Decriminalising sex among consenting young people is a move in the right direction for South Africa, according to Professor Deevia Bhana.
She said teenage sexuality is often considered dangerous, undesired and stigmatised, creating panic and moral condemnation.
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"This is the wrong focus as it leads to an underground sexual culture where teenagers hide, are discreet, and often deny sexual interests and activities," said Bhana who presented her study entitled “Sex, gender and money in African teenage conceptions of love in the HIV context" at UKZN’s Pubic Health Department on Wednesday.
Lacking accompanying support
The study was conducted among various contexts and with teenagers both rich and poor. It focuses on teenagers located in conditions of poverty and the ways in which they negotiate relationship dynamics and the social processes through which they give meaning to relationships and to sex.
"In contrast to adult-centric approaches to childhood sexuality, my research suggests that teenage men and women have interests in relationships and sex beyond simply the popular discourse of danger and disease," said Bhana.
Children are sexual beings and teenagers engage in and are motivated by sex, however, they lack the accompanying support for their health and sexual well-being, she said.
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"The stigmatising of childhood sexuality has inadvertently increased the pressure on teenagers to engage with sex in a secretive manner, increasing the burdens related to teenage pregnancy, women’s vulnerability to HIV and violence within intimate partner relations."
Bhana, who is currently writing books on childhood sexuality in the primary school – as well as a co-edited collection focusing on gender and young families with specific attention to teenage mothers – has recently been appointed as the DST/NRF South African Research Chair on Gender and Childhood Sexuality.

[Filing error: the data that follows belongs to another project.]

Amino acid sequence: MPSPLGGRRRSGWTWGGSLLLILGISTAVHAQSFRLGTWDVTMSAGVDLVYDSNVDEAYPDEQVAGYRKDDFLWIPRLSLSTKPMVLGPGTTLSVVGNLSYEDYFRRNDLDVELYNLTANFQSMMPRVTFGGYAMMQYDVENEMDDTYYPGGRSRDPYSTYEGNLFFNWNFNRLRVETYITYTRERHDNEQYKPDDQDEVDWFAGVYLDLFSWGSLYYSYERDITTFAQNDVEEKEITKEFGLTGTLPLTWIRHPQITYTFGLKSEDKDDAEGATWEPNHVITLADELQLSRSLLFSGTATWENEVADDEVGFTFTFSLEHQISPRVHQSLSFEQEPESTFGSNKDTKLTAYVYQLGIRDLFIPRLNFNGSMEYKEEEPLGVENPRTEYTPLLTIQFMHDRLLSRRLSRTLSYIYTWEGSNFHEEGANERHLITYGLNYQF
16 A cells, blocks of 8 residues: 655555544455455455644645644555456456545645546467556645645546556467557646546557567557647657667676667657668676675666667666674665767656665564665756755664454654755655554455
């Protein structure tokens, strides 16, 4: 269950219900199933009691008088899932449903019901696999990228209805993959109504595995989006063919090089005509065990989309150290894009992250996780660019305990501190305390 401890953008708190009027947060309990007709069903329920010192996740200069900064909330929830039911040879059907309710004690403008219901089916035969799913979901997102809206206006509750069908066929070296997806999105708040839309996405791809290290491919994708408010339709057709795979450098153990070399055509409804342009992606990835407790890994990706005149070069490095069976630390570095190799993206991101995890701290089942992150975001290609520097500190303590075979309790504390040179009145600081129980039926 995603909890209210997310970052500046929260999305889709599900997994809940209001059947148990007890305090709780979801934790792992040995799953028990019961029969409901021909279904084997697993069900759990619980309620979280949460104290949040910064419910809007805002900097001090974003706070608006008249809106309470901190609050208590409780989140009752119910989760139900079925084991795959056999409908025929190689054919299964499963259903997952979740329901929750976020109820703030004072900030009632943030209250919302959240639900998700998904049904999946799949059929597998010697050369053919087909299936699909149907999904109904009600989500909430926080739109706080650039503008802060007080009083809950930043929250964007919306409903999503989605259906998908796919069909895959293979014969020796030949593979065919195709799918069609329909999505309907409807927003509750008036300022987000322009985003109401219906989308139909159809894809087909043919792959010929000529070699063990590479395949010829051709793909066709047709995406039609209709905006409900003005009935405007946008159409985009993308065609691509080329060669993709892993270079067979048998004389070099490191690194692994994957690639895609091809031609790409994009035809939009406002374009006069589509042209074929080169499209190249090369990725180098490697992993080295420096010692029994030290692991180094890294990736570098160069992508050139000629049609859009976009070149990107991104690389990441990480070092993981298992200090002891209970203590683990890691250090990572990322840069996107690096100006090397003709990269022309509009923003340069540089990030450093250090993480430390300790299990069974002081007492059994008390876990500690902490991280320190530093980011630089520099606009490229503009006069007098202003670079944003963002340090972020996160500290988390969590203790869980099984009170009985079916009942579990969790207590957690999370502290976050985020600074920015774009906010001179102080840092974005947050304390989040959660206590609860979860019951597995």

Her research investigates children’s gendered and sexual meanings and ideologies in order to address and intervene in ways that secure sexual health, well-being and gender equality.
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"We have tried far too long to deny childhood sexuality," cautioned Bhana. "For as long as we deny and stigmatise young people’s relationships and interest in sex and sexuality, we further entrench the problem and increase teenage vulnerability to pregnancy, HIV and violence," she said.
Bhana called for something new which permits an understanding of children beyond sexual ignorance.
"Supporting law which decriminalises sex among consenting young people is an advancement and a move in the right direction," she suggested.
According to Bhana, sexual debut is currently at around 14 years of age, but is declining.
"This presents both concerns and opportunities to face the issue head on in ways that are revolutionary. We cannot proceed to work with children as sexually ignorant because this has proved to be ineffective, outdated and it doesn’t come from the perspective of what young people want and do."
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